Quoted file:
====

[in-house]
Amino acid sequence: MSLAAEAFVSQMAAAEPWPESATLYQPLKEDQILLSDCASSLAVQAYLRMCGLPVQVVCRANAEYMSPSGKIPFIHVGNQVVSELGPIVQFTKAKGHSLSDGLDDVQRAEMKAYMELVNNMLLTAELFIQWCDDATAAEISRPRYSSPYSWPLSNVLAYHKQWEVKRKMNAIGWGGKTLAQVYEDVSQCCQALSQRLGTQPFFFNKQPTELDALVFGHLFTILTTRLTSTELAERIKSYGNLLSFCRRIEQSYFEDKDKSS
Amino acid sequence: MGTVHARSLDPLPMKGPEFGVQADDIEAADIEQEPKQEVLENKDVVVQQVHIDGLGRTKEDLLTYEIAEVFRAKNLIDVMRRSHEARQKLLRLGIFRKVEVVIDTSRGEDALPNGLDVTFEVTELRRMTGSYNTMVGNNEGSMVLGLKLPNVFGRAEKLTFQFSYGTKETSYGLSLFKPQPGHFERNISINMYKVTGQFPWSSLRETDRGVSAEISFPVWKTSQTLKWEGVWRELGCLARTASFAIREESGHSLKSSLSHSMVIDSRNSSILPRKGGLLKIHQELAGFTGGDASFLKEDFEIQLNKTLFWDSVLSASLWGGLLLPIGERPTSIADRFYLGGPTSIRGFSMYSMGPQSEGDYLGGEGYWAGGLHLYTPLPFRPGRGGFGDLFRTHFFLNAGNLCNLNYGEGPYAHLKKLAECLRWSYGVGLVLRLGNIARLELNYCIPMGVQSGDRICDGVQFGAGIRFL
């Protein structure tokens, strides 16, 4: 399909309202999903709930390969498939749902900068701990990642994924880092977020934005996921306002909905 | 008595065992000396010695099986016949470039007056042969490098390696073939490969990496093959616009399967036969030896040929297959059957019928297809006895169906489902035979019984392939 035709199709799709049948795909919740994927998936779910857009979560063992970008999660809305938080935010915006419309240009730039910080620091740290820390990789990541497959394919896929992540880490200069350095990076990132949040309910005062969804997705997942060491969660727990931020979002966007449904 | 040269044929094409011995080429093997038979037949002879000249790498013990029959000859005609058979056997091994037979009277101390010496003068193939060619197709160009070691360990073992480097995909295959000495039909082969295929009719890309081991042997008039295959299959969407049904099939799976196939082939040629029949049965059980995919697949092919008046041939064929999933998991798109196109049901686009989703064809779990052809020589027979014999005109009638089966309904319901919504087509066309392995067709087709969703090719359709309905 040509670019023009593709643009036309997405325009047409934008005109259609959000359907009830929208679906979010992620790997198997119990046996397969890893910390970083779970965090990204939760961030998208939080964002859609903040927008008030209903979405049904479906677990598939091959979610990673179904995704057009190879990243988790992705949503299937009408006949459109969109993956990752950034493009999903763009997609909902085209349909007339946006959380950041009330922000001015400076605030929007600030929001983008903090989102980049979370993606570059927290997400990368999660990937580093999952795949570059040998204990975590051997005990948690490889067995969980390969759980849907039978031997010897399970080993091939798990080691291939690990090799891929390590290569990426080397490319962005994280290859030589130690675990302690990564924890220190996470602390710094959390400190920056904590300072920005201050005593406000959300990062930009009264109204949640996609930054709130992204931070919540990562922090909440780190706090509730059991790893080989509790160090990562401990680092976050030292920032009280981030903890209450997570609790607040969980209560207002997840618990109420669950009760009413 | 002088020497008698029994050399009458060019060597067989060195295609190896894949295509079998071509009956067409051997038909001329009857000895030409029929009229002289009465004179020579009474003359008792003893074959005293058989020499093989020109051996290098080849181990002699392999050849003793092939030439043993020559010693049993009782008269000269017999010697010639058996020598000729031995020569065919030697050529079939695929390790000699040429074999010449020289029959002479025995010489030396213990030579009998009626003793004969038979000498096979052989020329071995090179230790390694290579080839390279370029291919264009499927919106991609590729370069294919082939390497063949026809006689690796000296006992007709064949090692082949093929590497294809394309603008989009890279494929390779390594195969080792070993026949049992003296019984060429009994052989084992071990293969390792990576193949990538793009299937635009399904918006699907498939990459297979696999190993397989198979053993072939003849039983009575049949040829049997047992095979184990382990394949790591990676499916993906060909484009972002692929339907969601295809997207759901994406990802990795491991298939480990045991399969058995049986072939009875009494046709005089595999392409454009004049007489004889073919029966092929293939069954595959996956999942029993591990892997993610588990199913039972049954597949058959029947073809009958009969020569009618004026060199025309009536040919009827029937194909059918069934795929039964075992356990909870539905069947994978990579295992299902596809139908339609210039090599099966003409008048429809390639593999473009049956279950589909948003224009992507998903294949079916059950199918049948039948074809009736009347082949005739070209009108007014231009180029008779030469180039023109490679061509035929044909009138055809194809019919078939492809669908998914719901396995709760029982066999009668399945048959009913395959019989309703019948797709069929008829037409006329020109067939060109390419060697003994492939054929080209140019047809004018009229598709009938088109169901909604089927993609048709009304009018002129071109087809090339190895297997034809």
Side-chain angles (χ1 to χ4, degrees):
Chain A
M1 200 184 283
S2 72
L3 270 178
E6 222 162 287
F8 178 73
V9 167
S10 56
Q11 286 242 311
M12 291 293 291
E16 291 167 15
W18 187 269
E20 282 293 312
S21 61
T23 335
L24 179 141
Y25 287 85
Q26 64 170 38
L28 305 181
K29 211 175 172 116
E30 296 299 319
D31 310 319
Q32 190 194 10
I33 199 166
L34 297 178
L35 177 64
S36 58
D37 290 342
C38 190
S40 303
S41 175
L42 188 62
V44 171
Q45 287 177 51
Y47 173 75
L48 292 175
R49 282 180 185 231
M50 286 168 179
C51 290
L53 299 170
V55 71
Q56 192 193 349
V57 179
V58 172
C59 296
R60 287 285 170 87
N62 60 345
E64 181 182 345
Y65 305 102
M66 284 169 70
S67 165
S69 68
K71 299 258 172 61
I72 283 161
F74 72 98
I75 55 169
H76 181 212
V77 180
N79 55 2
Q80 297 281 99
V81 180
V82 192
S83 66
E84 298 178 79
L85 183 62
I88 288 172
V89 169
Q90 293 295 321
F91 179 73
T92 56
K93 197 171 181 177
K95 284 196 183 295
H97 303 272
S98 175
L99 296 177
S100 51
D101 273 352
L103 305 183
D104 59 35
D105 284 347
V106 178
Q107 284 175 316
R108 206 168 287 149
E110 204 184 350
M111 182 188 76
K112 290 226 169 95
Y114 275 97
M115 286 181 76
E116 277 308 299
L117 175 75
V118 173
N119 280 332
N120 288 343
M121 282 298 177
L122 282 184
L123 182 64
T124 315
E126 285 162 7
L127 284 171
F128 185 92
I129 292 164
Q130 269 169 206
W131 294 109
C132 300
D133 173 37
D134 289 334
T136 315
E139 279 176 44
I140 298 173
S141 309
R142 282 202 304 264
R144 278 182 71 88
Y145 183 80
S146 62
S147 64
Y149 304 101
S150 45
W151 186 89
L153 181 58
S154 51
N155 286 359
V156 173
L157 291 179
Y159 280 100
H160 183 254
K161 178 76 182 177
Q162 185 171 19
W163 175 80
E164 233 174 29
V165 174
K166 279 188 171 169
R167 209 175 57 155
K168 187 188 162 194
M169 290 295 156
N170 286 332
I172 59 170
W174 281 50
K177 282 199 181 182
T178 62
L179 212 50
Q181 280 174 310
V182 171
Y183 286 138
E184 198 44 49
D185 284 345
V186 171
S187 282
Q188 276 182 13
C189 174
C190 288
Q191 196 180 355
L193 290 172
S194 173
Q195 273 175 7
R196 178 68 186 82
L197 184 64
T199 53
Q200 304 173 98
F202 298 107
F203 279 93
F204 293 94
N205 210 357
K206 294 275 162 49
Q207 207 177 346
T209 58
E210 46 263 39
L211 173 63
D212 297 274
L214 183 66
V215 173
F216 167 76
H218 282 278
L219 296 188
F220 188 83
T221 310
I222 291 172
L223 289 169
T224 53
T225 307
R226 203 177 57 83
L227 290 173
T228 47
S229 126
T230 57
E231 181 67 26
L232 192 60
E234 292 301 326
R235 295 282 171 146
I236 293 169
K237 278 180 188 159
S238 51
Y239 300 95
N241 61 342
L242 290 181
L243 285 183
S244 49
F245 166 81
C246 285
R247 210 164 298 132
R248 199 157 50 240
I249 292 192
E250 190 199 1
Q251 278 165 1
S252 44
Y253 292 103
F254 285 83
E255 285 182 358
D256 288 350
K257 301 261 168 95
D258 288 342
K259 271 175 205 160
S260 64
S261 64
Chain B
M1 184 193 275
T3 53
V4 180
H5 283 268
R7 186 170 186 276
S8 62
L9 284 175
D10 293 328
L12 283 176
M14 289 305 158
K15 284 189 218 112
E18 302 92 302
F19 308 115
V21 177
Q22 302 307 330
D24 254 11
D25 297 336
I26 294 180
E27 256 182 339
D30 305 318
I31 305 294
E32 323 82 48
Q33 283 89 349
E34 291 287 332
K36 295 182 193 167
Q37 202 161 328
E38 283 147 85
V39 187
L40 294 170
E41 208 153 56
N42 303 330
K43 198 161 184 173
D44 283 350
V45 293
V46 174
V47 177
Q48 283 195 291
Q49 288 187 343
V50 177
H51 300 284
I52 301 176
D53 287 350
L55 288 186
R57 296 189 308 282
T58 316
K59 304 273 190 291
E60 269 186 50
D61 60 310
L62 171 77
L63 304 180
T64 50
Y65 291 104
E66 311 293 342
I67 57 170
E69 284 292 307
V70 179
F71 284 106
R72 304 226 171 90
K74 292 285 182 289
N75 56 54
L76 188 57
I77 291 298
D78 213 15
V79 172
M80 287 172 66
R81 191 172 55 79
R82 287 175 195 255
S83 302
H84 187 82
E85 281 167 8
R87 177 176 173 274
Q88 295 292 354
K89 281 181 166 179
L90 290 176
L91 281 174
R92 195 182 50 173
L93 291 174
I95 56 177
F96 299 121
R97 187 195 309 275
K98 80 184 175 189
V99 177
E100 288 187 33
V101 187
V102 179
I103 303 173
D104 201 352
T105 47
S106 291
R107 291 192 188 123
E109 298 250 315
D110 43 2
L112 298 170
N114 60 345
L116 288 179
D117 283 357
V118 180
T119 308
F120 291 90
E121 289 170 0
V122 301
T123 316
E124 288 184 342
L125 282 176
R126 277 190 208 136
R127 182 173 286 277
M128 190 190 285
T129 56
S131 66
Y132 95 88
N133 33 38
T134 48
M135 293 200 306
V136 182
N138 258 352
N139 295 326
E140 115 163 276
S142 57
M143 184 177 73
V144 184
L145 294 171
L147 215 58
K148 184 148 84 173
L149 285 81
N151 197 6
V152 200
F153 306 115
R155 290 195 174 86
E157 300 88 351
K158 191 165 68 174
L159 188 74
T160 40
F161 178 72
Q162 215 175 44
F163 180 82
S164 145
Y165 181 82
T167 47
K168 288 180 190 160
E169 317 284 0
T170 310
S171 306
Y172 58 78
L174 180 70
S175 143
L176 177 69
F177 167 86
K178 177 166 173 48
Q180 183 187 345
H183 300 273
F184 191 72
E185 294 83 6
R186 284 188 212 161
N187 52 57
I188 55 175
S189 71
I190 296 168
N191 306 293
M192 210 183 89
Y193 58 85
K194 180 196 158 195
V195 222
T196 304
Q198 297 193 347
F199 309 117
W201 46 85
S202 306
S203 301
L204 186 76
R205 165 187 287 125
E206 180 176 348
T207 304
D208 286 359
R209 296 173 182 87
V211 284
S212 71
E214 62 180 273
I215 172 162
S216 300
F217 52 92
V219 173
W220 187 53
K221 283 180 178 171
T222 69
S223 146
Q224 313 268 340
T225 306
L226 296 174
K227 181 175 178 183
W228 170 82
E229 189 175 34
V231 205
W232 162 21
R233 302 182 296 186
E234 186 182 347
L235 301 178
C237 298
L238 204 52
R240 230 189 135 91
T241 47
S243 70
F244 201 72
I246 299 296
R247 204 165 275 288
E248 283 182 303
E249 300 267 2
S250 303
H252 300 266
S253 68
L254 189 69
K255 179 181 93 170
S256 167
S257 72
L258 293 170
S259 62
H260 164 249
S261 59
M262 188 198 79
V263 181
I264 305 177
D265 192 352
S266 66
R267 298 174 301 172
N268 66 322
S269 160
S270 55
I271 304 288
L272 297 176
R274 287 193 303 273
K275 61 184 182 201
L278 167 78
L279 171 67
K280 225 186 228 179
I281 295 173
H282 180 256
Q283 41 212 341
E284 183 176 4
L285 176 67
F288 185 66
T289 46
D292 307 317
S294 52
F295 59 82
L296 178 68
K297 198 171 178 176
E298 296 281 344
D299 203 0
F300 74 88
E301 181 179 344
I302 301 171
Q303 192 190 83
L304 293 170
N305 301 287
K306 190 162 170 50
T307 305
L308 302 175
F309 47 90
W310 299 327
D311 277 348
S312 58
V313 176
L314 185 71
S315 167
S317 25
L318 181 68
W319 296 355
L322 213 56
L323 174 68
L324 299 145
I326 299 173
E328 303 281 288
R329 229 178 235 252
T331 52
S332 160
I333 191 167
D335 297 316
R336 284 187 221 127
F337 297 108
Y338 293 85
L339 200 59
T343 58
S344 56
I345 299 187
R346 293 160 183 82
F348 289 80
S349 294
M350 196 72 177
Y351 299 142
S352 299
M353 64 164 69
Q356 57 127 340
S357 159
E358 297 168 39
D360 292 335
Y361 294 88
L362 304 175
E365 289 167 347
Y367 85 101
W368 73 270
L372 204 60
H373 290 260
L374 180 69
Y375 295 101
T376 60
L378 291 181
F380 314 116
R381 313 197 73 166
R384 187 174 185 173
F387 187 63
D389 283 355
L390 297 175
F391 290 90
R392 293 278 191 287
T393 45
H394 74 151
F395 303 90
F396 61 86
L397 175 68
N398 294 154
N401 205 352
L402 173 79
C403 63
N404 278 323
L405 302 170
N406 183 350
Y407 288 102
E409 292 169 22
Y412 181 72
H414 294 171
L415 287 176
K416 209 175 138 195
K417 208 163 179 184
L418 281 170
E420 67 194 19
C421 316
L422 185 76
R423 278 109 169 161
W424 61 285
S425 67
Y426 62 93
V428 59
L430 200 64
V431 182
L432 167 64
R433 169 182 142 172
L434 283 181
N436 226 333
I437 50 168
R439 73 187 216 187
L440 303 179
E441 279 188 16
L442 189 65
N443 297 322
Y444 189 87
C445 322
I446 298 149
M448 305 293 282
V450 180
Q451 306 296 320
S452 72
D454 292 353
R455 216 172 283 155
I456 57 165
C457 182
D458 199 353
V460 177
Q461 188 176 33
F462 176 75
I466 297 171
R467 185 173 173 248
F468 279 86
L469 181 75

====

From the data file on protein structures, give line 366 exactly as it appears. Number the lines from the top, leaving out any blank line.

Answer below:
F177 167 86